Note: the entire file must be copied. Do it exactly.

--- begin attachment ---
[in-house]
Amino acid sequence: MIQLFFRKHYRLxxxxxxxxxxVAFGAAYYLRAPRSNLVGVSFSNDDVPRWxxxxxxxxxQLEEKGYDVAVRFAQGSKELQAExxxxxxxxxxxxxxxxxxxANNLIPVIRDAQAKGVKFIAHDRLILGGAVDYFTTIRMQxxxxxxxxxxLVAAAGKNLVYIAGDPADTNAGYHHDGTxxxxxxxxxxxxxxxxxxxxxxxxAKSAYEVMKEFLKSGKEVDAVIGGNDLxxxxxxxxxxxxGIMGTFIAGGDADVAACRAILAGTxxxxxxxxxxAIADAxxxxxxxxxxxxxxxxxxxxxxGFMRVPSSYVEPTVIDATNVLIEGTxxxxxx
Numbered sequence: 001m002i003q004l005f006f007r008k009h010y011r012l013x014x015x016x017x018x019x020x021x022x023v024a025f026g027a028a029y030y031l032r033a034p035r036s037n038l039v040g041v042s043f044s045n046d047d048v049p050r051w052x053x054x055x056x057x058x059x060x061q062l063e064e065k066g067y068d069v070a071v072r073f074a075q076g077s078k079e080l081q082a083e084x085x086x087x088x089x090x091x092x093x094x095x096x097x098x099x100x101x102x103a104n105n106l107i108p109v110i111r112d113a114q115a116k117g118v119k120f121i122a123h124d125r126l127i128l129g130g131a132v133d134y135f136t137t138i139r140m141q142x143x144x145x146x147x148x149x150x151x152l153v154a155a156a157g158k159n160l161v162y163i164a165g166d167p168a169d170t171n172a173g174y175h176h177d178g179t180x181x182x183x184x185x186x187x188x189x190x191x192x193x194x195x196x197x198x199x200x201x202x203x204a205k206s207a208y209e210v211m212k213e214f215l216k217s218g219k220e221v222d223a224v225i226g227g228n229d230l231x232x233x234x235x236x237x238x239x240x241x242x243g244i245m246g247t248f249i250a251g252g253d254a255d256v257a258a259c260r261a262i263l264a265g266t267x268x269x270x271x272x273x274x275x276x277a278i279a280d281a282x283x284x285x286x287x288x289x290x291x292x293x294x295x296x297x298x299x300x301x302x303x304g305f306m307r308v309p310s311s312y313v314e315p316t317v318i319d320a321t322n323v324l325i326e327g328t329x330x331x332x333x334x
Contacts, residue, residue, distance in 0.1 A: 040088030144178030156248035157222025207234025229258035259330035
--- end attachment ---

[in-house]
Amino acid sequence: MIQLFFRKHYRLxxxxxxxxxxVAFGAAYYLRAPRSNLVGVSFSNDDVPRWxxxxxxxxxQLEEKGYDVAVRFAQGSKELQAExxxxxxxxxxxxxxxxxxxANNLIPVIRDAQAKGVKFIAHDRLILGGAVDYFTTIRMQxxxxxxxxxxLVAAAGKNLVYIAGDPADTNAGYHHDGTxxxxxxxxxxxxxxxxxxxxxxxxAKSAYEVMKEFLKSGKEVDAVIGGNDLxxxxxxxxxxxxGIMGTFIAGGDADVAACRAILAGTxxxxxxxxxxAIADAxxxxxxxxxxxxxxxxxxxxxxGFMRVPSSYVEPTVIDATNVLIEGTxxxxxx
Numbered sequence: 001m002i003q004l005f006f007r008k009h010y011r012l013x014x015x016x017x018x019x020x021x022x023v024a025f026g027a028a029y030y031l032r033a034p035r036s037n038l039v040g041v042s043f044s045n046d047d048v049p050r051w052x053x054x055x056x057x058x059x060x061q062l063e064e065k066g067y068d069v070a071v072r073f074a075q076g077s078k079e080l081q082a083e084x085x086x087x088x089x090x091x092x093x094x095x096x097x098x099x100x101x102x103a104n105n106l107i108p109v110i111r112d113a114q115a116k117g118v119k120f121i122a123h124d125r126l127i128l129g130g131a132v133d134y135f136t137t138i139r140m141q142x143x144x145x146x147x148x149x150x151x152l153v154a155a156a157g158k159n160l161v162y163i164a165g166d167p168a169d170t171n172a173g174y175h176h177d178g179t180x181x182x183x184x185x186x187x188x189x190x191x192x193x194x195x196x197x198x199x200x201x202x203x204a205k206s207a208y209e210v211m212k213e214f215l216k217s218g219k220e221v222d223a224v225i226g227g228n229d230l231x232x233x234x235x236x237x238x239x240x241x242x243g244i245m246g247t248f249i250a251g252g253d254a255d256v257a258a259c260r261a262i263l264a265g266t267x268x269x270x271x272x273x274x275x276x277a278i279a280d281a282x283x284x285x286x287x288x289x290x291x292x293x294x295x296x297x298x299x300x301x302x303x304g305f306m307r308v309p310s311s312y313v314e315p316t317v318i319d320a321t322n323v324l325i326e327g328t329x330x331x332x333x334x
Contacts, residue, residue, distance in 0.1 A: 040088030144178030156248035157222025207234025229258035259330035